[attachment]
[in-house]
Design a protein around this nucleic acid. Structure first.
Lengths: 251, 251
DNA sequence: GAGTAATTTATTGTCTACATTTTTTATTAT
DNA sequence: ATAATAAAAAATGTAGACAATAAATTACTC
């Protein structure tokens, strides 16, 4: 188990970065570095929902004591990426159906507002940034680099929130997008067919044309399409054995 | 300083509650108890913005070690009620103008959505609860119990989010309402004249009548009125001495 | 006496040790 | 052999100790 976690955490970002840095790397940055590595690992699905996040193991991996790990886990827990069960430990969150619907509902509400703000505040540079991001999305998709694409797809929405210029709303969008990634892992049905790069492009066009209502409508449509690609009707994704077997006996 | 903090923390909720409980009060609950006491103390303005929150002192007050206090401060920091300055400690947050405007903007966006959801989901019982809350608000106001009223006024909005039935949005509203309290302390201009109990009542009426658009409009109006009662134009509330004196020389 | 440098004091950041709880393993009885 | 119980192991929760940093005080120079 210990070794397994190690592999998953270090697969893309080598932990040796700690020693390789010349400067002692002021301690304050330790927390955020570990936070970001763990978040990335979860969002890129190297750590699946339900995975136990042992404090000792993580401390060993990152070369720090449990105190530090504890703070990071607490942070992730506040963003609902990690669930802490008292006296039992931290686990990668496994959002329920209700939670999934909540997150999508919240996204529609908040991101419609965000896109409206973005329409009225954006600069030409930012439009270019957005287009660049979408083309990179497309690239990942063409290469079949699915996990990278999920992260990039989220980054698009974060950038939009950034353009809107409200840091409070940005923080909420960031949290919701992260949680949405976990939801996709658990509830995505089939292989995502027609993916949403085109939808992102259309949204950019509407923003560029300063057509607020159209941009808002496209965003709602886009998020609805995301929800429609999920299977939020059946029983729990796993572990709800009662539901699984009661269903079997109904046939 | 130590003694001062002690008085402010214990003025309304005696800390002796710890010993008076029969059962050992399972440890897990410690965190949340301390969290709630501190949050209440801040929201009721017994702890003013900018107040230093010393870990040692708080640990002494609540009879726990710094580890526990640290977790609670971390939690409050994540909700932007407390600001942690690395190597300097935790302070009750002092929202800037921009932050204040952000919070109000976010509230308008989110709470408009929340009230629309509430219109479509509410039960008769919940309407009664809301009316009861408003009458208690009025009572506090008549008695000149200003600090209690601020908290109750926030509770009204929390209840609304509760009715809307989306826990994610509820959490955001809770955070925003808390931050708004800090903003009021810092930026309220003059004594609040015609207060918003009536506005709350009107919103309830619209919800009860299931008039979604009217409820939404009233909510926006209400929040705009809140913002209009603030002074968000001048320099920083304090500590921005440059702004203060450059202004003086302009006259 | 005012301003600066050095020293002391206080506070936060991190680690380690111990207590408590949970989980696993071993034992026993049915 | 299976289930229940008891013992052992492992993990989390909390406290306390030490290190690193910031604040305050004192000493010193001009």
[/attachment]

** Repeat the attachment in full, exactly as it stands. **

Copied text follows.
[in-house]
Design a protein around this nucleic acid. Structure first.
Lengths: 251, 251
DNA sequence: GAGTAATTTATTGTCTACATTTTTTATTAT
DNA sequence: ATAATAAAAAATGTAGACAATAAATTACTC
């Protein structure tokens, strides 16, 4: 188990970065570095929902004591990426159906507002940034680099929130997008067919044309399409054995 | 300083509650108890913005070690009620103008959505609860119990989010309402004249009548009125001495 | 006496040790 | 052999100790 976690955490970002840095790397940055590595690992699905996040193991991996790990886990827990069960430990969150619907509902509400703000505040540079991001999305998709694409797809929405210029709303969008990634892992049905790069492009066009209502409508449509690609009707994704077997006996 | 903090923390909720409980009060609950006491103390303005929150002192007050206090401060920091300055400690947050405007903007966006959801989901019982809350608000106001009223006024909005039935949005509203309290302390201009109990009542009426658009409009109006009662134009509330004196020389 | 440098004091950041709880393993009885 | 119980192991929760940093005080120079 210990070794397994190690592999998953270090697969893309080598932990040796700690020693390789010349400067002692002021301690304050330790927390955020570990936070970001763990978040990335979860969002890129190297750590699946339900995975136990042992404090000792993580401390060993990152070369720090449990105190530090504890703070990071607490942070992730506040963003609902990690669930802490008292006296039992931290686990990668496994959002329920209700939670999934909540997150999508919240996204529609908040991101419609965000896109409206973005329409009225954006600069030409930012439009270019957005287009660049979408083309990179497309690239990942063409290469079949699915996990990278999920992260990039989220980054698009974060950038939009950034353009809107409200840091409070940005923080909420960031949290919701992260949680949405976990939801996709658990509830995505089939292989995502027609993916949403085109939808992102259309949204950019509407923003560029300063057509607020159209941009808002496209965003709602886009998020609805995301929800429609999920299977939020059946029983729990796993572990709800009662539901699984009661269903079997109904046939 | 130590003694001062002690008085402010214990003025309304005696800390002796710890010993008076029969059962050992399972440890897990410690965190949340301390969290709630501190949050209440801040929201009721017994702890003013900018107040230093010393870990040692708080640990002494609540009879726990710094580890526990640290977790609670971390939690409050994540909700932007407390600001942690690395190597300097935790302070009750002092929202800037921009932050204040952000919070109000976010509230308008989110709470408009929340009230629309509430219109479509509410039960008769919940309407009664809301009316009861408003009458208690009025009572506090008549008695000149200003600090209690601020908290109750926030509770009204929390209840609304509760009715809307989306826990994610509820959490955001809770955070925003808390931050708004800090903003009021810092930026309220003059004594609040015609207060918003009536506005709350009107919103309830619209919800009860299931008039979604009217409820939404009233909510926006209400929040705009809140913002209009603030002074968000001048320099920083304090500590921005440059702004203060450059202004003086302009006259 | 005012301003600066050095020293002391206080506070936060991190680690380690111990207590408590949970989980696993071993034992026993049915 | 299976289930229940008891013992052992492992993990989390909390406290306390030490290190690193910031604040305050004192000493010193001009």